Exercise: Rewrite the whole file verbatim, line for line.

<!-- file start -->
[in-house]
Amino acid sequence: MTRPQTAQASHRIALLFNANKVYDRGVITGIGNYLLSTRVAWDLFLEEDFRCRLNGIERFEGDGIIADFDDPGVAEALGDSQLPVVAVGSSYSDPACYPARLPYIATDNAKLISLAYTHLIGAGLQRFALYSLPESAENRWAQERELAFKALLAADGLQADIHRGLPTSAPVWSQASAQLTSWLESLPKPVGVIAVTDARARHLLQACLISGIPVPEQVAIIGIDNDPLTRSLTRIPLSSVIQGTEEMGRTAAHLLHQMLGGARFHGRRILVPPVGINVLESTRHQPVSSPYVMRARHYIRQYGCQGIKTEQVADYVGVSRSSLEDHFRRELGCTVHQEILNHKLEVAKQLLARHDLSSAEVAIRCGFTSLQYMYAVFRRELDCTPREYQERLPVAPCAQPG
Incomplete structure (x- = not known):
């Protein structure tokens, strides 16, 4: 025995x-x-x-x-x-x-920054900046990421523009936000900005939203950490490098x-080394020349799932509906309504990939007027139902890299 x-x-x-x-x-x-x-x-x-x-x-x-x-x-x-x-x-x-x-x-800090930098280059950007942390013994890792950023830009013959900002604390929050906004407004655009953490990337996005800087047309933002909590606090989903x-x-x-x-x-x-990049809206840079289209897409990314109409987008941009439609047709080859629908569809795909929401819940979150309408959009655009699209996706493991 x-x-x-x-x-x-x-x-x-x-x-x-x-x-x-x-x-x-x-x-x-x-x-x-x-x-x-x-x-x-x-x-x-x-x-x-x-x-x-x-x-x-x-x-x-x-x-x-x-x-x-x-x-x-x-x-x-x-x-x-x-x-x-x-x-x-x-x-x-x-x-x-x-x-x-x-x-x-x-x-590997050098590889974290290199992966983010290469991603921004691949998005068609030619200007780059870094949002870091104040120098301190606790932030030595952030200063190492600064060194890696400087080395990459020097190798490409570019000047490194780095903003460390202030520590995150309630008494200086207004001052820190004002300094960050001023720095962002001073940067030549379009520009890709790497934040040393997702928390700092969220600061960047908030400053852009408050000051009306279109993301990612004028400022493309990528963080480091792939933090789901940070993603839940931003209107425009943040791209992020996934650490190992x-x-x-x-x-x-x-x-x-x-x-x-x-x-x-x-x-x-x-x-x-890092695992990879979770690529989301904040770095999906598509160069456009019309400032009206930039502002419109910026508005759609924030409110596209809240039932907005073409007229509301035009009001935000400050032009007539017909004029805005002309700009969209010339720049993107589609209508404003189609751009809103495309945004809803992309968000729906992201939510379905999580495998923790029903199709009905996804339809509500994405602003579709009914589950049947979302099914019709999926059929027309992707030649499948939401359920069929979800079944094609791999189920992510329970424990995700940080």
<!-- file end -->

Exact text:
[in-house]
Amino acid sequence: MTRPQTAQASHRIALLFNANKVYDRGVITGIGNYLLSTRVAWDLFLEEDFRCRLNGIERFEGDGIIADFDDPGVAEALGDSQLPVVAVGSSYSDPACYPARLPYIATDNAKLISLAYTHLIGAGLQRFALYSLPESAENRWAQERELAFKALLAADGLQADIHRGLPTSAPVWSQASAQLTSWLESLPKPVGVIAVTDARARHLLQACLISGIPVPEQVAIIGIDNDPLTRSLTRIPLSSVIQGTEEMGRTAAHLLHQMLGGARFHGRRILVPPVGINVLESTRHQPVSSPYVMRARHYIRQYGCQGIKTEQVADYVGVSRSSLEDHFRRELGCTVHQEILNHKLEVAKQLLARHDLSSAEVAIRCGFTSLQYMYAVFRRELDCTPREYQERLPVAPCAQPG
Incomplete structure (x- = not known):
């Protein structure tokens, strides 16, 4: 025995x-x-x-x-x-x-920054900046990421523009936000900005939203950490490098x-080394020349799932509906309504990939007027139902890299 x-x-x-x-x-x-x-x-x-x-x-x-x-x-x-x-x-x-x-x-800090930098280059950007942390013994890792950023830009013959900002604390929050906004407004655009953490990337996005800087047309933002909590606090989903x-x-x-x-x-x-990049809206840079289209897409990314109409987008941009439609047709080859629908569809795909929401819940979150309408959009655009699209996706493991 x-x-x-x-x-x-x-x-x-x-x-x-x-x-x-x-x-x-x-x-x-x-x-x-x-x-x-x-x-x-x-x-x-x-x-x-x-x-x-x-x-x-x-x-x-x-x-x-x-x-x-x-x-x-x-x-x-x-x-x-x-x-x-x-x-x-x-x-x-x-x-x-x-x-x-x-x-x-x-x-590997050098590889974290290199992966983010290469991603921004691949998005068609030619200007780059870094949002870091104040120098301190606790932030030595952030200063190492600064060194890696400087080395990459020097190798490409570019000047490194780095903003460390202030520590995150309630008494200086207004001052820190004002300094960050001023720095962002001073940067030549379009520009890709790497934040040393997702928390700092969220600061960047908030400053852009408050000051009306279109993301990612004028400022493309990528963080480091792939933090789901940070993603839940931003209107425009943040791209992020996934650490190992x-x-x-x-x-x-x-x-x-x-x-x-x-x-x-x-x-x-x-x-x-890092695992990879979770690529989301904040770095999906598509160069456009019309400032009206930039502002419109910026508005759609924030409110596209809240039932907005073409007229509301035009009001935000400050032009007539017909004029805005002309700009969209010339720049993107589609209508404003189609751009809103495309945004809803992309968000729906992201939510379905999580495998923790029903199709009905996804339809509500994405602003579709009914589950049947979302099914019709999926059929027309992707030649499948939401359920069929979800079944094609791999189920992510329970424990995700940080």